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EXHIBIT 2: A GUIDE TO FLOW CHARTING By Bob Love USPTA (Master Professional)

All tennis competition flows, and the player who controls flow the best will be victorious! That is the main lesson I have learned from charting several thousand sets over the last three decades. Tennis is a unique sport in which points an played one at a time, yet players who fail to connect points into streaks and manage play properly will usually lose. On the other hand, players who take an aggressive approach to acquiring momentum management skills will greatly enhance their probability of winning. A valuable key to improving these skills is flow charting which demonstrates the flow and momentum shifts in a match, is easy to learn, and costs next to nothing!

Equipment needed: 4 lines per inch 8 ½ x 11 graph paper (usually economically sold in 80- sheet packs as "scheduling paper”), a straight edge (ruler), and a pen (preferably a soft point). A clip board or stiff backing is also recommended.

How to start: (See the sample sheet below)

1. About three inches from the top of the graph paper draw a line, "axis," across the paper and put a vertical, "starting" line about one inch from the left.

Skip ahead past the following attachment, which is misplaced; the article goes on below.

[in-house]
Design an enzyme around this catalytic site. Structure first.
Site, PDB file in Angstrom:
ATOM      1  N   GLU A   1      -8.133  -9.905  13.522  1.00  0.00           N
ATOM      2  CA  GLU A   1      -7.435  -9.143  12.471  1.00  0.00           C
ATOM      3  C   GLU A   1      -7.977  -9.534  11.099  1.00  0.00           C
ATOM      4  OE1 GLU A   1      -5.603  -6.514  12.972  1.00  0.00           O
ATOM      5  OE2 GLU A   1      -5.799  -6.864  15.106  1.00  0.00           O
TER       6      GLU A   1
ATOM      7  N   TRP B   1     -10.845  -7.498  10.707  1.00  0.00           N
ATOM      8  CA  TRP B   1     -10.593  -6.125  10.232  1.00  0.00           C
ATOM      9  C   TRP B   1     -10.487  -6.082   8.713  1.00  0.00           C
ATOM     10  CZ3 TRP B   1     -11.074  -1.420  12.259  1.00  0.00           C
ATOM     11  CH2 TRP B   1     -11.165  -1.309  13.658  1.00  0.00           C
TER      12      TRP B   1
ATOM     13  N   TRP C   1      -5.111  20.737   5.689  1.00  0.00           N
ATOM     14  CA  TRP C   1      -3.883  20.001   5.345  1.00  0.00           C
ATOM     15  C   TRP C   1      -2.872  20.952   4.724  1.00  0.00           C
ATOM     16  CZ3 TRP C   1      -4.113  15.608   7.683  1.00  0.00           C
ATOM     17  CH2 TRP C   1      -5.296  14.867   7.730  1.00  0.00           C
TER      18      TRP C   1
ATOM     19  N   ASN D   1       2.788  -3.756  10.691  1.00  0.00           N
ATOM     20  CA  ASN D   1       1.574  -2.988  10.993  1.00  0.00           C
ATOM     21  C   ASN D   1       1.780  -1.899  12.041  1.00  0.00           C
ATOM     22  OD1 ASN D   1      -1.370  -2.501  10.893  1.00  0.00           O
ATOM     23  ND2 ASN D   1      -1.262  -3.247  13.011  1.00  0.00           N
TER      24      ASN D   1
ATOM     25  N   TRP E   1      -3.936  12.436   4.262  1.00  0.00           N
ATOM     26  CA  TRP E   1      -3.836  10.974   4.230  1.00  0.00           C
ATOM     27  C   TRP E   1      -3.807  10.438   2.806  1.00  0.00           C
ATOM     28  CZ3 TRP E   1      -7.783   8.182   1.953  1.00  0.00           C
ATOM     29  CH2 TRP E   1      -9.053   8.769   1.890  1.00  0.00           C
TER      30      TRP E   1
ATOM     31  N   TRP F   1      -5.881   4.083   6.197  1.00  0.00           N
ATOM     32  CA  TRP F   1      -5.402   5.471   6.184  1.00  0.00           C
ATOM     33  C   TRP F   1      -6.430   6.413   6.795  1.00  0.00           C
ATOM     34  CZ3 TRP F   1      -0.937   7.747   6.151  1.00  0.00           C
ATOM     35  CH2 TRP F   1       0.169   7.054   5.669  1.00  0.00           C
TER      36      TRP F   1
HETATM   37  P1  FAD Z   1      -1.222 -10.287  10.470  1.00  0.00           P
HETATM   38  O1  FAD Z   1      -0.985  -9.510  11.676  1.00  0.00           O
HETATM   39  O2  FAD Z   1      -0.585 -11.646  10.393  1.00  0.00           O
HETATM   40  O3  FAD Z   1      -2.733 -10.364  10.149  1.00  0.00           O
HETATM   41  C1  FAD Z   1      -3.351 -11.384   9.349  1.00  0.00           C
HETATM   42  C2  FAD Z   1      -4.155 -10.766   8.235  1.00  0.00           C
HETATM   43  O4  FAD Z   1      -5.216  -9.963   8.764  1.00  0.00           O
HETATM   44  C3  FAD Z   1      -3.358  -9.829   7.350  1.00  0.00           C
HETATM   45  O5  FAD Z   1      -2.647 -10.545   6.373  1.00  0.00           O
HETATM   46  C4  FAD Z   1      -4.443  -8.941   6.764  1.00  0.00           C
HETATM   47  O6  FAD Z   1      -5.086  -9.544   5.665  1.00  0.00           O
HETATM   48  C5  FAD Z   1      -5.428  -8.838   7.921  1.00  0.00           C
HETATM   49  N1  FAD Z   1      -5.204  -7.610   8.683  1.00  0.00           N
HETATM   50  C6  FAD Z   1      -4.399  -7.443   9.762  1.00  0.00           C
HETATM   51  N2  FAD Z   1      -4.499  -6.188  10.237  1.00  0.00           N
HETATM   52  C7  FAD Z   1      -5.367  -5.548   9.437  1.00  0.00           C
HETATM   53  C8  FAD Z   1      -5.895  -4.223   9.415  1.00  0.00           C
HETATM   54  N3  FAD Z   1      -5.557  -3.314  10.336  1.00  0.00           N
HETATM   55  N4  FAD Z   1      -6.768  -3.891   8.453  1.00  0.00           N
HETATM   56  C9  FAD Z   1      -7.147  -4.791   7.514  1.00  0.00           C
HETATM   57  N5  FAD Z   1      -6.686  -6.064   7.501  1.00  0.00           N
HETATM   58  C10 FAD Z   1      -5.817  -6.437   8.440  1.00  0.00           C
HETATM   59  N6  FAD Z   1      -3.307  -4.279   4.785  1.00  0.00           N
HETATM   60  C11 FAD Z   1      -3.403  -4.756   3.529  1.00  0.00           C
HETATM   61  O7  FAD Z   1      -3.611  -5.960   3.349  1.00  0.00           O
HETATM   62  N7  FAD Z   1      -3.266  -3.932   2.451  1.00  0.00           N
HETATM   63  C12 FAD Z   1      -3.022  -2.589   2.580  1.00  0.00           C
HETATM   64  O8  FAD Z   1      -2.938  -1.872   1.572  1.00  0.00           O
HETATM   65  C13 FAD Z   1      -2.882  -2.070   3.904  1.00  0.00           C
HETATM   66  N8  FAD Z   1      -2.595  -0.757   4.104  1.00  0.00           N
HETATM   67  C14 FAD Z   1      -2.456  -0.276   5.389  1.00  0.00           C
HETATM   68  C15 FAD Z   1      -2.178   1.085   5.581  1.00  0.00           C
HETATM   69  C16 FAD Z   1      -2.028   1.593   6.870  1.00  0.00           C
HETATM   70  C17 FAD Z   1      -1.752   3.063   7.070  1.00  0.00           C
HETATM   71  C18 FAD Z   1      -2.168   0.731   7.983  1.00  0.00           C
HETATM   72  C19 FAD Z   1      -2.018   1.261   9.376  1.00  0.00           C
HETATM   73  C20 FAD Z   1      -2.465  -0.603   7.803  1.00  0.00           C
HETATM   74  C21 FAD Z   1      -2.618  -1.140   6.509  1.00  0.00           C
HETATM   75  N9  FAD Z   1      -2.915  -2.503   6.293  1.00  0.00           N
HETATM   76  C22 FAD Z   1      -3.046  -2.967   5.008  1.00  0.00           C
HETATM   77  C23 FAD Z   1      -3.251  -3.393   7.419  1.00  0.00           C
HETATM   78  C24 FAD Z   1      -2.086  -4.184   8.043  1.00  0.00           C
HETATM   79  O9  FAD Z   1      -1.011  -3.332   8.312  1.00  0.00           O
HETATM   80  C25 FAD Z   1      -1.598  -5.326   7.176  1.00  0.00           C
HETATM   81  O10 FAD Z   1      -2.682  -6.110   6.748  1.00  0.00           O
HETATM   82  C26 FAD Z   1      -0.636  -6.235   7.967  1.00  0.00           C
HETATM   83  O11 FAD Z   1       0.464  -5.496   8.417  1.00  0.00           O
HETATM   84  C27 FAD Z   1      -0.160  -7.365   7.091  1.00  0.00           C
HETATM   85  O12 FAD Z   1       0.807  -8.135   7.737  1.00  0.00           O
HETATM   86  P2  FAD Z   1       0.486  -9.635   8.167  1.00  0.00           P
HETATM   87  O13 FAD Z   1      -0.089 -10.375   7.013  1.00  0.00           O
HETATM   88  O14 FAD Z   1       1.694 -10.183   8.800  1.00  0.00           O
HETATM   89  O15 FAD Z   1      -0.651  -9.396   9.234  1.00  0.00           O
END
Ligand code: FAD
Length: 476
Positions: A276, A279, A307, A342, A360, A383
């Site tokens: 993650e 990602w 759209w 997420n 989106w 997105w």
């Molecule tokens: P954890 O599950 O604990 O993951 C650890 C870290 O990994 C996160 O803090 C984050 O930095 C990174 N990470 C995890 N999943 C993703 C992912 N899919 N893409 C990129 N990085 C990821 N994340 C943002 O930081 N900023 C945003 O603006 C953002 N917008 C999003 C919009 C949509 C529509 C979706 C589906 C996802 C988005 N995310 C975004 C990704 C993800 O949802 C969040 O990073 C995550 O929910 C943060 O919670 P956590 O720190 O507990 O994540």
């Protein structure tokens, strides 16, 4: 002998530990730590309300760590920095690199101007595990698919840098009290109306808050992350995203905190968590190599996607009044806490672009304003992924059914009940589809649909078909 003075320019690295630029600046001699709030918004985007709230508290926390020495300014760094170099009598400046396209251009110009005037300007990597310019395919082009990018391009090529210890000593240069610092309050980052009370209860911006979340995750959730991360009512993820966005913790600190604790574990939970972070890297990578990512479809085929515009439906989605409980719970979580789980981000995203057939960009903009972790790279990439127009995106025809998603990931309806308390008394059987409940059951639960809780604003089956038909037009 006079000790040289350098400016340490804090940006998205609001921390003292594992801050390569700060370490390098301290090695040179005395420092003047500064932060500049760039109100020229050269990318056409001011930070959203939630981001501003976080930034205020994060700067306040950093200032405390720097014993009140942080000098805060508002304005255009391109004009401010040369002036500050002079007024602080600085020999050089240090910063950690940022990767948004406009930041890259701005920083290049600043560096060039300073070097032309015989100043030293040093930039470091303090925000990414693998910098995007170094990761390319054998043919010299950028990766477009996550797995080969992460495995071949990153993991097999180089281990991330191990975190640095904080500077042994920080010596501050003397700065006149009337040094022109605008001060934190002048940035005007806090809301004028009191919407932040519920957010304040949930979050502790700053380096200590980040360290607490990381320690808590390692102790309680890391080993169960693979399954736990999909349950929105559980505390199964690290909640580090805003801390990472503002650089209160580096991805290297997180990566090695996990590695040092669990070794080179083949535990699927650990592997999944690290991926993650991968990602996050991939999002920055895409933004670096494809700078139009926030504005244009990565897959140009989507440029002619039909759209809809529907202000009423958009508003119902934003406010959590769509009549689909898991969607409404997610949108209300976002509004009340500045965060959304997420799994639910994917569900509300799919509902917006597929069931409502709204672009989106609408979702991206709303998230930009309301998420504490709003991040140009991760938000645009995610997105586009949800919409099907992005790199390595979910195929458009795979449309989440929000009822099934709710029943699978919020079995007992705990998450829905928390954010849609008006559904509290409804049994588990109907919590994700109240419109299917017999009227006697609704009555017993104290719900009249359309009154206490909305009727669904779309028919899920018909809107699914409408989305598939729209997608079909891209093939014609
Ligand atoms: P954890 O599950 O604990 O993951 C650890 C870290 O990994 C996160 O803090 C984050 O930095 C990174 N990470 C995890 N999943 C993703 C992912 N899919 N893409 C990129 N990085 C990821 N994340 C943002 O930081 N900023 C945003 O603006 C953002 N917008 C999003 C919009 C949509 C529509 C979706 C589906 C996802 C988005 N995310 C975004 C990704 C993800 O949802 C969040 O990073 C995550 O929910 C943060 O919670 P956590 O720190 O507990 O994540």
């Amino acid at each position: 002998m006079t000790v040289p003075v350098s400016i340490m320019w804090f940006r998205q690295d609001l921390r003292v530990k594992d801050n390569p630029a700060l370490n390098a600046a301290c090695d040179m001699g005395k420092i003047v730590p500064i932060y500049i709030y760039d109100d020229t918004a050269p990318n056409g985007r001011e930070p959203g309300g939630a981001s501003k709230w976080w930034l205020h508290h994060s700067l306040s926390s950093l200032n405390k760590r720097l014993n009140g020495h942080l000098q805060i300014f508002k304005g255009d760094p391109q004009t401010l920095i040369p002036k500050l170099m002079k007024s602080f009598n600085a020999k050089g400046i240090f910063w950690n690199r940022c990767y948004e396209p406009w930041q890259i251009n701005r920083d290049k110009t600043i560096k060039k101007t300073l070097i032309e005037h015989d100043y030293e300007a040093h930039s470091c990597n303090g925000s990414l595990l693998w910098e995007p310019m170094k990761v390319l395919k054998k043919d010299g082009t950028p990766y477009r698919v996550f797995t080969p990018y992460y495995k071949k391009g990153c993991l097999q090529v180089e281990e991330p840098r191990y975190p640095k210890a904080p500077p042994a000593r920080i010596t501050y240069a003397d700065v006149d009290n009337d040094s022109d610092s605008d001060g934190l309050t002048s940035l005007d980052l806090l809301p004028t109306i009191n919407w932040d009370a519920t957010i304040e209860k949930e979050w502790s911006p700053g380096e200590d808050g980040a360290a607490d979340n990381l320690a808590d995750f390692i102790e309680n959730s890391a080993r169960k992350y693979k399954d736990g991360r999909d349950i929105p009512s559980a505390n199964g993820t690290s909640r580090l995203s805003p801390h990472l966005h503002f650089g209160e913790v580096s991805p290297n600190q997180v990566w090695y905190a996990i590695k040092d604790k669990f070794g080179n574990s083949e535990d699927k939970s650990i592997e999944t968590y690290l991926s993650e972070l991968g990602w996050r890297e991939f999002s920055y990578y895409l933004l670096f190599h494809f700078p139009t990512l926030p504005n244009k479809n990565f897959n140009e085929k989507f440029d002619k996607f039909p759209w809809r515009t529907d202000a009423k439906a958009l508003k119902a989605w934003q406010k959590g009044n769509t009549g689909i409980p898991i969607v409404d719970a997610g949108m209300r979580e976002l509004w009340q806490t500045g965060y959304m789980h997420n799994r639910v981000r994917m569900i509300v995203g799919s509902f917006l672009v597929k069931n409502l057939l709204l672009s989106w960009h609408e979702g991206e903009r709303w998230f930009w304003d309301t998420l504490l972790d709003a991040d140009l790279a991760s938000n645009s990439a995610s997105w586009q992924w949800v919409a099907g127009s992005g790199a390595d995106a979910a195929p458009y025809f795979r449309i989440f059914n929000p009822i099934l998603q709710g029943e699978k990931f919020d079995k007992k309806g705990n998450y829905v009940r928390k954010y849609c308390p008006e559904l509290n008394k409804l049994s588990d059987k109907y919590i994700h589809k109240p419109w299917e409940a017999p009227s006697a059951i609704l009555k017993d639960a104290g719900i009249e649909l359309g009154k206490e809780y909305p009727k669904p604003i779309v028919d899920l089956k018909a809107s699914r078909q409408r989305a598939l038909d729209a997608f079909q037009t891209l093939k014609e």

2. Write one player's name (A) above the line and the other's (B) below.

3. Write "0" above and below the line to show the starting score.

4. Write an "S" to indicate the server and CIRCLE the S if the serve is broken.

5. Whenever A wins a point, a mark will be made going UP from the starting axis. If B wins

the point the mark will go DOWN. By connecting

easily observe match flow.

these marks, a player or coach can

6. At the end of a game, put another vertical line, write the score above and below it, and shift the "S" for server for the next game.

FLOW CHART (Bob Love System)

The KEY: SERVING A= ACE (UNTOUCHED|) U = UNRETURNABLE N = NET W = WIDE L = LONG D = DOUBLE FAULT - = LET S = SERVER S (circled) = BROKEN SERVICE

RALLYING 0 = UNFORCED ERROR * = FORCED ERROR X = WINNER (bounces twice)

LR = LONG RALLY (over 3 rallies)

SAMPLES: On the back of this sheet, the Connors-Lendl set shows simplified point marking which I taught 8 and 9 year olds. The McEnroe-Connors set shows the more complete system. PLEASE NOTE: I also write comments on key points to refresh the player's memory when we do post-match analysis.